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Levels of physical and mental decline were similar among patients with weaker or stronger hearts, and surprisingly, those with stronger hearts had higher rates of depression and lower quality of life in the study.
"The results speak to how bad heart failure is across the board," said senior study author Dr. Gordon Reeves, an associate professor of cardiology at Thomas Jefferson University in Philadelphia.
"Heart failure is one of the most common reasons for older patients to be in the hospital and the issues experienced as a consequence of a heart failure hospitalization can have a huge effect on their daily function and independence," he noted in a university news release.
"This appears to be true regardless of the pumping function of the heart and, in some regards, may actually be worse in those in whom the squeezing function is preserved," Reeves said.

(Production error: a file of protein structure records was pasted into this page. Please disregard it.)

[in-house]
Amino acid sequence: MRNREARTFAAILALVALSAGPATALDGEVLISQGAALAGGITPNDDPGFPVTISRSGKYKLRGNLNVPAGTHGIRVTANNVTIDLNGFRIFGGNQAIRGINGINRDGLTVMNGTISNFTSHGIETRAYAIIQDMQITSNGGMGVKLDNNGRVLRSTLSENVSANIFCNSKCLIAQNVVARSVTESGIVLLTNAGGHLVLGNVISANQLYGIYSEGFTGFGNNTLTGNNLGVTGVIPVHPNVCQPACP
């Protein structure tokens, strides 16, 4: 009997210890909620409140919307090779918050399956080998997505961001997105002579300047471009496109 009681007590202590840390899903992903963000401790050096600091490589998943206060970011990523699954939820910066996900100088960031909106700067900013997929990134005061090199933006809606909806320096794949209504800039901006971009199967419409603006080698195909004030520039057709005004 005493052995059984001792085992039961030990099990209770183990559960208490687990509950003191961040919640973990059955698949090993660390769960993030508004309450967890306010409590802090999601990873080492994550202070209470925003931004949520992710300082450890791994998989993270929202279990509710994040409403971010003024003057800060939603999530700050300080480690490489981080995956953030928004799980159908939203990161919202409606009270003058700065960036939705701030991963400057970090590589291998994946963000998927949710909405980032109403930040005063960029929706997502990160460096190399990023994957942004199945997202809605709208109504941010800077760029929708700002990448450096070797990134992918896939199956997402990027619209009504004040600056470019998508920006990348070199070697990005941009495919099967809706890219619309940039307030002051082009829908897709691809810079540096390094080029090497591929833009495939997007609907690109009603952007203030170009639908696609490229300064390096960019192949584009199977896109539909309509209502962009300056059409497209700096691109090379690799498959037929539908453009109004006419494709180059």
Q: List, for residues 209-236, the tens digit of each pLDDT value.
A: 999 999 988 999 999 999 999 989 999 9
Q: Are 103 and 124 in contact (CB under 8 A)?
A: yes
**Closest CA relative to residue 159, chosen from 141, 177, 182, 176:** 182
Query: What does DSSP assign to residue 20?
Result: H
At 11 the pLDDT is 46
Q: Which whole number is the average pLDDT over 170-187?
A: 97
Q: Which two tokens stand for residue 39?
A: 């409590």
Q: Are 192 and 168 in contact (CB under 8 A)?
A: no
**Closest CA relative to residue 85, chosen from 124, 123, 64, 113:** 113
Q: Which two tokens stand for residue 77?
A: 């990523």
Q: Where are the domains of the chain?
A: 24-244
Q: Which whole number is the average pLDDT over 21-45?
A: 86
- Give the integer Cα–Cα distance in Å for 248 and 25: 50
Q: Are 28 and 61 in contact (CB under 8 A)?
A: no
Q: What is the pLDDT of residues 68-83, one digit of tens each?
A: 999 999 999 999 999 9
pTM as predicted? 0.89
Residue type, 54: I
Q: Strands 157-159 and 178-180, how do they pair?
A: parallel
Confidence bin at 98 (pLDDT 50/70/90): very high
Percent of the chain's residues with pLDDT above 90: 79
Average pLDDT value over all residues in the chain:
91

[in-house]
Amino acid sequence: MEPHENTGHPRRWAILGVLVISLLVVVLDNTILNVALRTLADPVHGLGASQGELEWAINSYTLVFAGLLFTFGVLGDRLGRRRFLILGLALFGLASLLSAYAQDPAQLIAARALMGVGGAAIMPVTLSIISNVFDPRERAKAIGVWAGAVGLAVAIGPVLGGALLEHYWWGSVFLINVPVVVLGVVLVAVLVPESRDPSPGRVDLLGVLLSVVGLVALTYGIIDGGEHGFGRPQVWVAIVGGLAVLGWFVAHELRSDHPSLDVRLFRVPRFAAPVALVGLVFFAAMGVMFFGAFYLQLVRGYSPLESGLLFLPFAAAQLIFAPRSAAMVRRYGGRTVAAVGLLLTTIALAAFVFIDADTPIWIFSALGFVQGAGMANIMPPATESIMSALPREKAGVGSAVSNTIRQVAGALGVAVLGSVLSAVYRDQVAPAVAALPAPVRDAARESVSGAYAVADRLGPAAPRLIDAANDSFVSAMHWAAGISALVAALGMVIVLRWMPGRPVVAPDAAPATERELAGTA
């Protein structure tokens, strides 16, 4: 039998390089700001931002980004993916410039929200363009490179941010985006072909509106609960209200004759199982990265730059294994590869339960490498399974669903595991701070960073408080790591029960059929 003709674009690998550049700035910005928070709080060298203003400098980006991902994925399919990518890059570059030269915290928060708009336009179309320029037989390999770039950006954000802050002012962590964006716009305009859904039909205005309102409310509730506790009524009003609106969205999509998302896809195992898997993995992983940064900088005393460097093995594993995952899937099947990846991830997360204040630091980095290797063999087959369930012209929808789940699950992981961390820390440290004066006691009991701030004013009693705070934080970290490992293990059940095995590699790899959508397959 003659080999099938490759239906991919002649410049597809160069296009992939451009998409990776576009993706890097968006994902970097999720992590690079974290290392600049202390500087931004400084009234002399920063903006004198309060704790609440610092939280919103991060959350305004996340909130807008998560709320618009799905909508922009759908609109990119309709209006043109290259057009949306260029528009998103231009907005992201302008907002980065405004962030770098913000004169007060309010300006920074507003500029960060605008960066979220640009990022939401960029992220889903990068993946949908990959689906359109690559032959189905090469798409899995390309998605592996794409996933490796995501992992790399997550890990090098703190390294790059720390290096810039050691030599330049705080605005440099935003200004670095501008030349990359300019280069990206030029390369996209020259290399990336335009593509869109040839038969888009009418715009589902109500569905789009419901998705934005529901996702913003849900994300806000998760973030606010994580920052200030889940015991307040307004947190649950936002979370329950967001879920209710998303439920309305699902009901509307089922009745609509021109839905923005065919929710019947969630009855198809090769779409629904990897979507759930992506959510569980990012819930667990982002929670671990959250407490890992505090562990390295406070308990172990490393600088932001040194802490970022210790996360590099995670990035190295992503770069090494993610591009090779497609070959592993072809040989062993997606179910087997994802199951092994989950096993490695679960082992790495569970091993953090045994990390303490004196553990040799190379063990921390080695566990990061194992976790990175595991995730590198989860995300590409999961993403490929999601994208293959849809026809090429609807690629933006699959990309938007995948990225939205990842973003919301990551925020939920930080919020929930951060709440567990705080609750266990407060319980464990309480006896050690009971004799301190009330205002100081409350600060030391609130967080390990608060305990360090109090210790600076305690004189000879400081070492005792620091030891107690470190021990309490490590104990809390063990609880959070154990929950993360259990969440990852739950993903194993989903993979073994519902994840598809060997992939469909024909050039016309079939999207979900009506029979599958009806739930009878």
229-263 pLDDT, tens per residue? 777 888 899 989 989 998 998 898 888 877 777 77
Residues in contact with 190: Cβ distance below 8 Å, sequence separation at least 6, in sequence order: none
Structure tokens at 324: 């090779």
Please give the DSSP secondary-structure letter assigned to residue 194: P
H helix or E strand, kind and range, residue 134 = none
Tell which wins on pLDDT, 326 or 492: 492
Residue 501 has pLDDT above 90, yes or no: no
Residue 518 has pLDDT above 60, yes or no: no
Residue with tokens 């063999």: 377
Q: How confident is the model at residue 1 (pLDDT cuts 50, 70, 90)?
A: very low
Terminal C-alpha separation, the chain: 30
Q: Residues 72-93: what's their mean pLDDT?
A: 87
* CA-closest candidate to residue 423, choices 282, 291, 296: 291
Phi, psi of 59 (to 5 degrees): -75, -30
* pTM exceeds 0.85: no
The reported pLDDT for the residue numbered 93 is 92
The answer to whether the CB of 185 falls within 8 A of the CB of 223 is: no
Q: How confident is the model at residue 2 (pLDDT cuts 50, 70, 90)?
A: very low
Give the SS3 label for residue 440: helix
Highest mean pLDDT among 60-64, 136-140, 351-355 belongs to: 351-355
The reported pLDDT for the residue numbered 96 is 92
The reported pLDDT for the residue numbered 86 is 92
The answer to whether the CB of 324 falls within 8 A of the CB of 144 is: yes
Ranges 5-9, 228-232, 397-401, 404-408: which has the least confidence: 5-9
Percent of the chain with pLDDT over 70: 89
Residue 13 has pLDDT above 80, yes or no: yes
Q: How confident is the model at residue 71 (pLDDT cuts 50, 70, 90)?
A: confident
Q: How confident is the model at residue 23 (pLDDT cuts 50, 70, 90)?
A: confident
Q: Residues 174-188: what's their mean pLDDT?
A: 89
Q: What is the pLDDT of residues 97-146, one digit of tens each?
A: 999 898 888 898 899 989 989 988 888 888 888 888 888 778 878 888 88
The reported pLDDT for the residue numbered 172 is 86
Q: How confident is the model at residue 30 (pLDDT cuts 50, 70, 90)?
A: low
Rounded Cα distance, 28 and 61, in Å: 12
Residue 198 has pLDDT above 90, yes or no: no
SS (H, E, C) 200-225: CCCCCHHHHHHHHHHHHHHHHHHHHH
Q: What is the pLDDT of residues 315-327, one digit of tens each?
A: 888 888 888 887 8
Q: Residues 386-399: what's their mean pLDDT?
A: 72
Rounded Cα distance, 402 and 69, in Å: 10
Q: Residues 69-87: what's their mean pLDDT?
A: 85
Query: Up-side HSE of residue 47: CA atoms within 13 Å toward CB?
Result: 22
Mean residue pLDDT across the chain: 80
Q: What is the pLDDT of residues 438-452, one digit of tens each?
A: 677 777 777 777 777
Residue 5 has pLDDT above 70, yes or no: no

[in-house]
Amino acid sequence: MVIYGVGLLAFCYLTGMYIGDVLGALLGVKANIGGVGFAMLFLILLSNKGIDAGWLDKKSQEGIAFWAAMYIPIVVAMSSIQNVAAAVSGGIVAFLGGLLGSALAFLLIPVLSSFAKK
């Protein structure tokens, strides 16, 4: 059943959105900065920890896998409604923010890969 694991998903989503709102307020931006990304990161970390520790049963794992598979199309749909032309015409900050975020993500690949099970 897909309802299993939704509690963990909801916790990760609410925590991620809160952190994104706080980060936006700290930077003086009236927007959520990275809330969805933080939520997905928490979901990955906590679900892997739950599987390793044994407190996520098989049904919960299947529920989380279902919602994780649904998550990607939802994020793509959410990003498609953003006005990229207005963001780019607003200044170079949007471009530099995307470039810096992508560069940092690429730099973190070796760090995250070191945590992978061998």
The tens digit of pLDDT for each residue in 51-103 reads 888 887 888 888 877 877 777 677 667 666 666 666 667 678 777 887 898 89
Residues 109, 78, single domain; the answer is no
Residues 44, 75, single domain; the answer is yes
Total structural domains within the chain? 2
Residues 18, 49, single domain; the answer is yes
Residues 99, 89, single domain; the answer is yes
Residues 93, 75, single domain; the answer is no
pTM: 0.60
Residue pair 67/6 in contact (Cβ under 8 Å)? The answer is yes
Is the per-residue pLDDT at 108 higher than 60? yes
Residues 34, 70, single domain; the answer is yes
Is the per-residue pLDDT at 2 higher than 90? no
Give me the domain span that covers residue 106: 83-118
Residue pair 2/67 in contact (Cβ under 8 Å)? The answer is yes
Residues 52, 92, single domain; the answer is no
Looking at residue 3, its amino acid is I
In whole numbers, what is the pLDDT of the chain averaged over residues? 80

Many treatments for heart failure -- including medications like angiotensin converting enzyme inhibitors or beta blockers, and certain types of pacemakers -- are only effective in patients with weaker hearts, the researchers explained.
There are far fewer treatments for heart failure patients with stronger hearts, which is the most common type of heart failure in older adults and more likely to affect women, they added.
"We think of these results as a call to action for the cardiology community," said Reeves. "These findings indicate we need to do more than decongesting the hearts of these patients."
The study included more than 200 patients and was published recently in the journal Circulation: Heart Failure.
"Over 70 percent of Medicare beneficiaries who are hospitalized for heart failure [HF] die or are re-hospitalized by one year after discharge," Dr. Kelsey Flint, from the Rocky Mountain Regional VA Medical Center, and Dr. Daniel Forman, from University of Pittsburgh Department of Medicine, noted in an accompanying editorial.
-- Robert Preidt
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